Joža Uprka (26 October 1861 Kněždub – 12 January 1940 Hroznová Lhota)
Pilgrimage at St. Anthony, 1893
Oil on canvas, 42 × 77 cm. Signed and dated at the bottom left: J. Uprka 93. Olomouc Museum of Art, inv. no. O 1064.
Uprka attended the German gymnasium in Strážnice (1874–1878) and the Slavic gymnasium in Olomouc (1878–1881) and then he enrolled in the Academy in Prague. He studied under František Čermák and later under Antonín Lhota, with whom he did not get along. This is why he decided to continue his studies at the Academy in Munich in 1884 under Nikolaus Gysis and later Otto Seitz. In 1885 he co-founded a Czech academic group called Škréta which published a magazine called Paleta. He also contributed to Světozor and Zlatá Praha. In 1887 he returned to the Prague Academy and studied under Max Pirner, but he left after two semesters and moved to Moravia. There he painted scenes from country life in his home region. His first paintings were done the style of naturalism. In 1892 he received a scholarship to visit Paris where he met Zdenka Braunová, who became his friend. He returned to Moravia in 1893, but he first visited London, the Netherlands and Munich. In Paris he was inspired by Impressionism and en plein air painting. However, Tomáš Vlček (2011) thinks that Uprka’s typical colourful dots, which he used as an expression of emotions, were not inspired by French Impressionism but by folk culture during the era of Biedermeier. Uprka liked to depict colourful folk costumes of Moravian Slovakia. At that time he experienced the height of his career. In 1902 his style inclined more to decorativism which was seen more as a stagnation in the last phase of his career (1909–1940). In 1902 an exhibition of Slovak and Moravian contemporary artists took place in Hodonín. The exhibition was visited by August Rodin who also met Uprka in Hroznová Lhota. In 1907 Uprka became the president of the newly established Union of Moravian Artists.
Uprka sent this study for a painting called Pilgrimage at St. Anthony, originally owned by Wilhelm Ganzwohl who was a notary from Uherské Hradiště, to the Paris Salon in 1894. It received a medal of honour. This award was the artist’s first foreign success. French critic Alexander wrote this about Uprka’s painting: “…the scene is vibrating, blazing, red, green and white, it shows movement and observation. It is a shame that we don’t have more painters who could see and depict the life in their own country with such a talent as this foreigner shows.”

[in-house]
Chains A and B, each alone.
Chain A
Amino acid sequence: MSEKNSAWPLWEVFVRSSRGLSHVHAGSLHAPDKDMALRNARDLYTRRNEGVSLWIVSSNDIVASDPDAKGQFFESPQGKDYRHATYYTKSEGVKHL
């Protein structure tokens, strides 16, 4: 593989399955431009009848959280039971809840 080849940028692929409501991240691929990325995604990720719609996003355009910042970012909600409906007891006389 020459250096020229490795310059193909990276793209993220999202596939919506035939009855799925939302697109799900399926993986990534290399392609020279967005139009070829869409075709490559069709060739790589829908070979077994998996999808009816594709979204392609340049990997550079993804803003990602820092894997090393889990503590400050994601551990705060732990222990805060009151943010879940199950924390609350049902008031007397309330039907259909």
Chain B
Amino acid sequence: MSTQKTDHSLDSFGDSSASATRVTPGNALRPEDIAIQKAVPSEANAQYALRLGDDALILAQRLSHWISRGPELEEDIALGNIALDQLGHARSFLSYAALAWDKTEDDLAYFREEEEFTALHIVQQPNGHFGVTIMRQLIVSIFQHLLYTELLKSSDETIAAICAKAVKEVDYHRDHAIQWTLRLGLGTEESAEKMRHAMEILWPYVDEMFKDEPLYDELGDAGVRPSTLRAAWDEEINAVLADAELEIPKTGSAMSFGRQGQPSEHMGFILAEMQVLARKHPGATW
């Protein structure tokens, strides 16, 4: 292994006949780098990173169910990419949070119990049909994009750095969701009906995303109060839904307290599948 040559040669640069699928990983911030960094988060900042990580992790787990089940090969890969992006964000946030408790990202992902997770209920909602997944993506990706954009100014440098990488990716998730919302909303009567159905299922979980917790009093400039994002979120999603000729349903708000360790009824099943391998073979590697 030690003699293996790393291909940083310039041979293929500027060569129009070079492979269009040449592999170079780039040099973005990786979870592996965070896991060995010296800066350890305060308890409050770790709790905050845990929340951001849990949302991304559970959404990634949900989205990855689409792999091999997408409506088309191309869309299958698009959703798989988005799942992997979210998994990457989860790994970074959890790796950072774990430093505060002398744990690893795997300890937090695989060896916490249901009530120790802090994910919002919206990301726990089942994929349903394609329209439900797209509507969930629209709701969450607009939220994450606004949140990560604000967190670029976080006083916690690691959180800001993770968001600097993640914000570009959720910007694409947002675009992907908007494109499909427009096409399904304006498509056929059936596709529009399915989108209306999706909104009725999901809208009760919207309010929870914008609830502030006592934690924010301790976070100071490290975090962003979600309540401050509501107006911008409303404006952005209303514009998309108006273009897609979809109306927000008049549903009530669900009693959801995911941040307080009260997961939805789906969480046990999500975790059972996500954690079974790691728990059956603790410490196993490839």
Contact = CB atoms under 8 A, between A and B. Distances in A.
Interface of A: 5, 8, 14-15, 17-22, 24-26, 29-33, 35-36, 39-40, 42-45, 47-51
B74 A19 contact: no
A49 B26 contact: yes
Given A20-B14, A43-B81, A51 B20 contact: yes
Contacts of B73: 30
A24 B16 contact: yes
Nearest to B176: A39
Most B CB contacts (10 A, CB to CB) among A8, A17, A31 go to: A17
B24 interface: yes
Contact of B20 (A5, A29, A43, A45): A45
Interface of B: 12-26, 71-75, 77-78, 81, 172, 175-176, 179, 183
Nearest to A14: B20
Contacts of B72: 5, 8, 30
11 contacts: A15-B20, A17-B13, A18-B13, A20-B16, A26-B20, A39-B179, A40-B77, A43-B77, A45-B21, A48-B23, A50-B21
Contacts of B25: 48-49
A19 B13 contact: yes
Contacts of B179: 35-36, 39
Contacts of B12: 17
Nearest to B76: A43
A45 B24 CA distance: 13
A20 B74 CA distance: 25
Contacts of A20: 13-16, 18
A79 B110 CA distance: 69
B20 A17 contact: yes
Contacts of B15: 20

Uprka created a larger version of this painting for the Topičův salon gallery in 1895 in which he changed a few details. It is now stored in the Moravian Gallery in Brno. These paintings changed Uprka’s career. As was mentioned by Tomáš Vlček, Uprka’s composition of “unkempt” reality was “expressed by smudges which were the most important tool of Uprka’s effort to differ from the period conventions.” Colourful smudges served Uprka as a way to express the identity of the era as well as his place within the contemporary art scene. Vlček suggests that Uprka was not inspired by French Impressionism but by the emotions originating in folk culture in the era of Biedermeier.
Both the study and the final painting represent Uprka’s first depiction of the pilgrimage to St. Anthony, on the hill above Blatnice near Hodonín, which used be a meeting point for women from Moravian Slovakia – as was described by K. B. Mádl in 1901. Young girls used to go there to pray for husbands, while older women went to pray for their bad husbands to change. Men visited the hill not to pray but to drink good wine, which was served in the sheds and tents below the chapel, and also to buy farming tools.
The area in front of the chapel is full of pilgrims and the elaborated composition drags the viewer into the scene. The viewer is also dazzled by the colours of the festive costumes contrasting with the green grass. Uprka was inspired to create paintings depicting the atmosphere of the Blatnice pilgrimages at the end of the 19th century by local priest Mořic Růžička. The pilgrimage, which was attended both by local residents and people from distant villages who were all dressed in beautiful folk costumes, started in June on the Sunday after the day of St. Anthony and continued till the day of St. Peter and Paul.